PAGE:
File sharing is the practice of distributing or providing access to digital media, such as computer programsmultimedia (audio, images and video), documents or electronic books.

Without examining the definition too much, it seems that the act of sharing files is harmless since its just simply sharing any electronic data. I think the idea of file sharing is a genius thing since we use the Internet in every other way possible so why not care to share when being online. Forms of file sharing have been around since the late 70s which means that we have advanced in a lot of ways since then. But I think the only downfall for file sharing nowadays would be that the idea that we typically share or receive things that have been paid for. So if this has been around for over 40 years, is there ups and downs with file sharing?

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Back when I was in grade school I started to get into electronics and gained an interest in what they could all do. Since that was about 8 years ago, a lot has obviously changed. But being on the topic of file sharing, the first form of file sharing I have experience was the time of burning CDs. Before iPods and other MP3 players, the only way I could listen to music was with CDs. Therefore the more music I got into the more CDs I needed to own which was hard to organized. I know that putting files on a CD isn’t really considered file sharing, but it was one of the first physical ways of sharing files that I personally can remember. So I think back to when ever I started burning CDs for friends, or even receiving burnt CDs, if what I was doing was technically wrong. Since exchanging CDs in order to burn them technically means getting an artists music for free, I guess that can technically relate that to how people download music files without having to pay. Personally being a grade school kid only with the intention of burning only a few CDs here and there for friends, I begin to think how many “grade school kids” there were like me.

According to RIAA, “Global music piracy causes $12.5 billion of economic losses every year, 71,060 U.S. jobs lost, a loss of $2.7 billion in workers’ earnings, and a loss of $422 million in tax revenues, $291 million in personal income tax and $131 million in lost corporate income and production taxes.” If we break this down to what file sharing actually does, this statement starts to make more sense. When an artist creates an original song and is hoping to generate a revenue, we don’t support the artist finically when we illegal download it. So when the artist doesn’t receive any revenue from either album or single sales, it starts this cause and effect concept that results into hurting a lot more people then intended. As I said in the paragraph before, as a grade school kid that was technically “sharing files” from burning CDs, this was never that big of an issue then. I think that is what everyone’s intention is when it comes to file sharing. I would like to believe that people nowadays don’t go out of their way to illegal download or share files such as music and movies with the intention to hurt the record labels, businesses, etc.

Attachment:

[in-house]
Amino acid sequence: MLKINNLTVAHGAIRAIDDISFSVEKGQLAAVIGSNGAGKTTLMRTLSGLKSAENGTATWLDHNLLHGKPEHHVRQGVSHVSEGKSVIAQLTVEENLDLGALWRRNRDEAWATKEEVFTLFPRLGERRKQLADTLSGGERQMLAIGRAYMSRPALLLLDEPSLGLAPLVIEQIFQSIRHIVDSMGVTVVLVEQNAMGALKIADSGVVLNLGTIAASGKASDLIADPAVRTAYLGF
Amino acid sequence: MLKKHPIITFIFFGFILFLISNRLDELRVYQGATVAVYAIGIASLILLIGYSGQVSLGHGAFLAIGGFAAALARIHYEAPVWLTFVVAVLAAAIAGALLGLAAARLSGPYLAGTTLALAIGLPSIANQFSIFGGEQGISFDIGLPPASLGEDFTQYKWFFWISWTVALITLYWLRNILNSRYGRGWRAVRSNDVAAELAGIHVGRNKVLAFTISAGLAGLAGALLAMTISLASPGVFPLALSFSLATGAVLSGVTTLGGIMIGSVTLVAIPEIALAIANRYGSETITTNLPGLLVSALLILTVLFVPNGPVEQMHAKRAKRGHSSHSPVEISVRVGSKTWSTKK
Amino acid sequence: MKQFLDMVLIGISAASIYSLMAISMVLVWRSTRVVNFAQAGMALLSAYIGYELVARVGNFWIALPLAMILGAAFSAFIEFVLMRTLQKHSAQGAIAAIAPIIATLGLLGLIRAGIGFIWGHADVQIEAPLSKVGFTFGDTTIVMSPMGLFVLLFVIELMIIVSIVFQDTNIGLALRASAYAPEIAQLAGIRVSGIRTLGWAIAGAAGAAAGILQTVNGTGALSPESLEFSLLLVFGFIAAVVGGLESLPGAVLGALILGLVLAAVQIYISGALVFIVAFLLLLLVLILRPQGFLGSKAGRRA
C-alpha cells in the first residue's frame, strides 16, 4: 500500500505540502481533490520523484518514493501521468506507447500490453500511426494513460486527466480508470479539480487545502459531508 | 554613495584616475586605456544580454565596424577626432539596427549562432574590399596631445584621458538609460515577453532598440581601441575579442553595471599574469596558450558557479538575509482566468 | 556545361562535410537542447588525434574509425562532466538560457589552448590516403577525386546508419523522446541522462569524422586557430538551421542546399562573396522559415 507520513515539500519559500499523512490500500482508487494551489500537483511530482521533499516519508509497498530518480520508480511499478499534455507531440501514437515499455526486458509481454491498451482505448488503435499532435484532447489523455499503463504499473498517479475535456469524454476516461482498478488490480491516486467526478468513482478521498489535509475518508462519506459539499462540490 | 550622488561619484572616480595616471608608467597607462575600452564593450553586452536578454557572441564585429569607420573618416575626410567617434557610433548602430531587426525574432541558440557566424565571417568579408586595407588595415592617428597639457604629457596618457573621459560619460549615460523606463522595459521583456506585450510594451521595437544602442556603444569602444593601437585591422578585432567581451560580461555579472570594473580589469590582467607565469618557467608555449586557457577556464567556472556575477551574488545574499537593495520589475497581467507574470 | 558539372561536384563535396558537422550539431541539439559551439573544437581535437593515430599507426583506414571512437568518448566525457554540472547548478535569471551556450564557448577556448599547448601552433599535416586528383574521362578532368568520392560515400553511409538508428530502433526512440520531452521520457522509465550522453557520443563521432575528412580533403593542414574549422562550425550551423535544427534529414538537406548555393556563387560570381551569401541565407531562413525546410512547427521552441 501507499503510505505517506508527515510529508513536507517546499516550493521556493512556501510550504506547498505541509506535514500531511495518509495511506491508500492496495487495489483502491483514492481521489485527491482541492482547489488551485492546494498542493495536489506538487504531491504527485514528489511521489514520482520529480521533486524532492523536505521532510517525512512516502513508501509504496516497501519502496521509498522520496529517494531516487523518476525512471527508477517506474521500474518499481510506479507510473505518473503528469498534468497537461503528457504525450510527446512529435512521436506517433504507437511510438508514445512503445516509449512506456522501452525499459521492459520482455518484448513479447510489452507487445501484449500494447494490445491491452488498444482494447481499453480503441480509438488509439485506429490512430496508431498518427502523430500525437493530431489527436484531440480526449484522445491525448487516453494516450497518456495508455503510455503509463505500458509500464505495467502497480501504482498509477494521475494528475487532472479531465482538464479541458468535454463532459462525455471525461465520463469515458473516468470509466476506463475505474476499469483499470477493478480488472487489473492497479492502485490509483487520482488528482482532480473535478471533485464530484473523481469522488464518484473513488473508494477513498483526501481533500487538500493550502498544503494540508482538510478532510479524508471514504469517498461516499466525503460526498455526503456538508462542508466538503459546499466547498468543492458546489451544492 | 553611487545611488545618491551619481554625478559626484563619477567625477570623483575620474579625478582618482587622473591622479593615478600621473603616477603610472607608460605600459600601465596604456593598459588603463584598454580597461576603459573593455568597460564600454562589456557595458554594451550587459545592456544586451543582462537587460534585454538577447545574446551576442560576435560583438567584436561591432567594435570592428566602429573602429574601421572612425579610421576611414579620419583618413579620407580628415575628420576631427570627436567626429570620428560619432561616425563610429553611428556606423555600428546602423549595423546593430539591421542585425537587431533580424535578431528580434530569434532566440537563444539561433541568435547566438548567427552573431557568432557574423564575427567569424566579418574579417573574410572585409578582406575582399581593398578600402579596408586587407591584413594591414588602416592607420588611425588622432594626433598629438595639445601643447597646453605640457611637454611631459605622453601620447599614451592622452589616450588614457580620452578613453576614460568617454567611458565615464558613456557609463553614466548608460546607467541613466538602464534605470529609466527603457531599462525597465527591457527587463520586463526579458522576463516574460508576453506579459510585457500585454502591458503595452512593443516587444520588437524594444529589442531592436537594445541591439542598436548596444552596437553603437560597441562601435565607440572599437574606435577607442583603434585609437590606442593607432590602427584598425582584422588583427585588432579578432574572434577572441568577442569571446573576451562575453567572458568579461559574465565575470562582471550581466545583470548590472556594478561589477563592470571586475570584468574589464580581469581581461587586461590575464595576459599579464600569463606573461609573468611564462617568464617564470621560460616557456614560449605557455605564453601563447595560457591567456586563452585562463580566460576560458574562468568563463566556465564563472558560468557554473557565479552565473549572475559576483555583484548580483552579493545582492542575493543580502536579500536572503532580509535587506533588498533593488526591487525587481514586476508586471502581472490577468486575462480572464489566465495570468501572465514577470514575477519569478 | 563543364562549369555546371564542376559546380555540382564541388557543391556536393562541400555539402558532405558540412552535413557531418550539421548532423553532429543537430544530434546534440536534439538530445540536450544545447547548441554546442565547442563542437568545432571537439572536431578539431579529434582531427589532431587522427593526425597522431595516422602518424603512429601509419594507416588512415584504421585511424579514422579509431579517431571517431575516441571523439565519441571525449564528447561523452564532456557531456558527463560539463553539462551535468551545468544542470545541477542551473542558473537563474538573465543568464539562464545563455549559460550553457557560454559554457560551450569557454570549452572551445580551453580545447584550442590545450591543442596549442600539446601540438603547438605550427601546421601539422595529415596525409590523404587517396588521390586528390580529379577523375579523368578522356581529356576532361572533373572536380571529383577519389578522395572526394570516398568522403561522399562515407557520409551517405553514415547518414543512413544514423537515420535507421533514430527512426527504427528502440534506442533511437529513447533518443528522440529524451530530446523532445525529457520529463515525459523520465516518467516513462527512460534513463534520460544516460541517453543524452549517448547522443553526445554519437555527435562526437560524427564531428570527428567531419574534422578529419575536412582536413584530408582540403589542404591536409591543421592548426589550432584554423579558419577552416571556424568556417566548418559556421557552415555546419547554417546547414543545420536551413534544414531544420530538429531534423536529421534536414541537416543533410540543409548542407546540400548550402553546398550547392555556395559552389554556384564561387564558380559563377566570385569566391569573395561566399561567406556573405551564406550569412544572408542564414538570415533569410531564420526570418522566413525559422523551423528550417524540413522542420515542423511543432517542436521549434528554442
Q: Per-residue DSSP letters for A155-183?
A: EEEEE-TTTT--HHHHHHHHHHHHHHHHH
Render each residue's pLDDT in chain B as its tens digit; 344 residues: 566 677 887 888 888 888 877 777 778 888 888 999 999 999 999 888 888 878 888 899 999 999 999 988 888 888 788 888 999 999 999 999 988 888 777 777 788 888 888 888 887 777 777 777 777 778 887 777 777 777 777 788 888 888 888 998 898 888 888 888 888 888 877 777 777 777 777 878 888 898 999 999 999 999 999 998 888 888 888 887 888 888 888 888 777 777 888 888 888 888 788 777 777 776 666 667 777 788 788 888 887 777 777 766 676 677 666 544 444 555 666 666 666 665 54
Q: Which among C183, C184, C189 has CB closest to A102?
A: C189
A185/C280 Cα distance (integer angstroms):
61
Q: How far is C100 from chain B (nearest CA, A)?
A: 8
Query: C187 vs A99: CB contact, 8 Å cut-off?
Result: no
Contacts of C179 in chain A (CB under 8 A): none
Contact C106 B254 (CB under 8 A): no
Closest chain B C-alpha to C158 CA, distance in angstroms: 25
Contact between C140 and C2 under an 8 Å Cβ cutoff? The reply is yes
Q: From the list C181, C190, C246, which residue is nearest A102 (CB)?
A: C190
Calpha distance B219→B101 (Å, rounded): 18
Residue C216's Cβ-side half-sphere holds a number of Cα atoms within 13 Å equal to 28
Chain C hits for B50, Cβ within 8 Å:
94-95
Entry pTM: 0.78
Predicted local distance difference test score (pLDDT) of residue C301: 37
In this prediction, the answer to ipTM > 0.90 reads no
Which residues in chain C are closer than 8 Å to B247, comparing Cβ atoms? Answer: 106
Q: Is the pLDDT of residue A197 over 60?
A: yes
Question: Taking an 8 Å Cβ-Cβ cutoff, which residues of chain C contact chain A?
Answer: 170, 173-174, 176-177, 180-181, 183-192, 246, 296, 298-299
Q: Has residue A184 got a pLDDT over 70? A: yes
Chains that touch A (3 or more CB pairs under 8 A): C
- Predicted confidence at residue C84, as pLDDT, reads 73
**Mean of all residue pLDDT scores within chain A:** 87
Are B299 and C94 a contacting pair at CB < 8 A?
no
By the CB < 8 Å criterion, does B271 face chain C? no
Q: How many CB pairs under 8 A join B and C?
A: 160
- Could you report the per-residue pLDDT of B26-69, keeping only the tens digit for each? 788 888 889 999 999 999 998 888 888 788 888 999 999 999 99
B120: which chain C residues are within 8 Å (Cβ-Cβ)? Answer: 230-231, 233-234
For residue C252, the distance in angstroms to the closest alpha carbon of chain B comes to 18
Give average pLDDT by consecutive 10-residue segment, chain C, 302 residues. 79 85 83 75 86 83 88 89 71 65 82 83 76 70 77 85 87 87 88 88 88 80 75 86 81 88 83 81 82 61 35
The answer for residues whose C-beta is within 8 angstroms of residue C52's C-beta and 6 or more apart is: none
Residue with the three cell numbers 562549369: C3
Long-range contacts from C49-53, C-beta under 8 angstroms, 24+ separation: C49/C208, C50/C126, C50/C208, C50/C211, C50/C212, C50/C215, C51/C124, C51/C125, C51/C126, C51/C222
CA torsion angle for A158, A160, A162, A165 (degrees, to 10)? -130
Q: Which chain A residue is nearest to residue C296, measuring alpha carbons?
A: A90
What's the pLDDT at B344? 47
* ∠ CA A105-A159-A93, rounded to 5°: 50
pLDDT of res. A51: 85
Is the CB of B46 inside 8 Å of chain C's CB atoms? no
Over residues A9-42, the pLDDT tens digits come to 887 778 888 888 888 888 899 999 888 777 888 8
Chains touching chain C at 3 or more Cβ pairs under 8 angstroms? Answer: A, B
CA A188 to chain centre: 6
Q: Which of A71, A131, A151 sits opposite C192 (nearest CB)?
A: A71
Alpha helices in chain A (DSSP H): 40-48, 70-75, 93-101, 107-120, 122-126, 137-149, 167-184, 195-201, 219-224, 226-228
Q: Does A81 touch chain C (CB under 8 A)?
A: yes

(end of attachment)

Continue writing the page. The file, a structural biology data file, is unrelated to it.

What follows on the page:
Honestly I don’t know why people put files on these torrent sites for others to download or how they benefit from file sharing. All I know is that is that file sharing has become a bigger deal than ever since the music industry has been struggling financially. But unfortunately, I don’t think anybody who is partaking in file sharing will change what they are doing. But for how advanced technology has become, I would like to think that there is someone somehow the “file sharing police” can monitor us. One of the interesting articles I have found that deals with monitoring file sharing is Gawkers article on what U.S. Copyright Alert System actually does. Even if this article is false, it still is interesting to think of how people monitor this vast spread of illegal file sharing. And for reasons like this is why I don’t bother messing with torrents or trying to find unsafe ways to download files online.

Below is a video on the 2007 case involving Jesse Hirsh’s actions in regards to file sharing. This interview covers the opinions, culture, torrents, and peer to peer media networks on file sharing.

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